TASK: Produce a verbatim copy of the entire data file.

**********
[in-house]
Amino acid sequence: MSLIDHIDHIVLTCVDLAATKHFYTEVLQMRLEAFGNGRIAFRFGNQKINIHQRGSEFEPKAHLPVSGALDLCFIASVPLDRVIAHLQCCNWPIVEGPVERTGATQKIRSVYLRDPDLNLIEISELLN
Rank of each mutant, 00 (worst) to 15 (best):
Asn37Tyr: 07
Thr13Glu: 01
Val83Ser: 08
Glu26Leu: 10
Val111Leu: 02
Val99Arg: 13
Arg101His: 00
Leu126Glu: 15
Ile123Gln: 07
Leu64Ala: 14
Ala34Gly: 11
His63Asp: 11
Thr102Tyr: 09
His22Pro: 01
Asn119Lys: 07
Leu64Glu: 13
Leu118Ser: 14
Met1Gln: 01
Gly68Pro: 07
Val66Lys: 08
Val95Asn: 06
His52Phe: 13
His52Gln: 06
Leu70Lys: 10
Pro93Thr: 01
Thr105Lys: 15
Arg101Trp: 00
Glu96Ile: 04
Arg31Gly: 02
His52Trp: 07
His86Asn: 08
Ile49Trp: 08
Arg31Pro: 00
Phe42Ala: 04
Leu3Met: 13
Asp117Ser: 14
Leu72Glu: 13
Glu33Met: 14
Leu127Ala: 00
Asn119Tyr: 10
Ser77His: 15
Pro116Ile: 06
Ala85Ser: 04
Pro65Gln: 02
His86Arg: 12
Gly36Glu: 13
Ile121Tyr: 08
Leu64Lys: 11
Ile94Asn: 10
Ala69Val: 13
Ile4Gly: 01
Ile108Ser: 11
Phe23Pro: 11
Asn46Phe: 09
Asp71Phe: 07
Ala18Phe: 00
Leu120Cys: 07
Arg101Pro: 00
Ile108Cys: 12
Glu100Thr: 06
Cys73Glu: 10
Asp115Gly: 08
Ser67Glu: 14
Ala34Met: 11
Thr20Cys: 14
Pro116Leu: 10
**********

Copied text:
[in-house]
Amino acid sequence: MSLIDHIDHIVLTCVDLAATKHFYTEVLQMRLEAFGNGRIAFRFGNQKINIHQRGSEFEPKAHLPVSGALDLCFIASVPLDRVIAHLQCCNWPIVEGPVERTGATQKIRSVYLRDPDLNLIEISELLN
Rank of each mutant, 00 (worst) to 15 (best):
Asn37Tyr: 07
Thr13Glu: 01
Val83Ser: 08
Glu26Leu: 10
Val111Leu: 02
Val99Arg: 13
Arg101His: 00
Leu126Glu: 15
Ile123Gln: 07
Leu64Ala: 14
Ala34Gly: 11
His63Asp: 11
Thr102Tyr: 09
His22Pro: 01
Asn119Lys: 07
Leu64Glu: 13
Leu118Ser: 14
Met1Gln: 01
Gly68Pro: 07
Val66Lys: 08
Val95Asn: 06
His52Phe: 13
His52Gln: 06
Leu70Lys: 10
Pro93Thr: 01
Thr105Lys: 15
Arg101Trp: 00
Glu96Ile: 04
Arg31Gly: 02
His52Trp: 07
His86Asn: 08
Ile49Trp: 08
Arg31Pro: 00
Phe42Ala: 04
Leu3Met: 13
Asp117Ser: 14
Leu72Glu: 13
Glu33Met: 14
Leu127Ala: 00
Asn119Tyr: 10
Ser77His: 15
Pro116Ile: 06
Ala85Ser: 04
Pro65Gln: 02
His86Arg: 12
Gly36Glu: 13
Ile121Tyr: 08
Leu64Lys: 11
Ile94Asn: 10
Ala69Val: 13
Ile4Gly: 01
Ile108Ser: 11
Phe23Pro: 11
Asn46Phe: 09
Asp71Phe: 07
Ala18Phe: 00
Leu120Cys: 07
Arg101Pro: 00
Ile108Cys: 12
Glu100Thr: 06
Cys73Glu: 10
Asp115Gly: 08
Ser67Glu: 14
Ala34Met: 11
Thr20Cys: 14
Pro116Leu: 10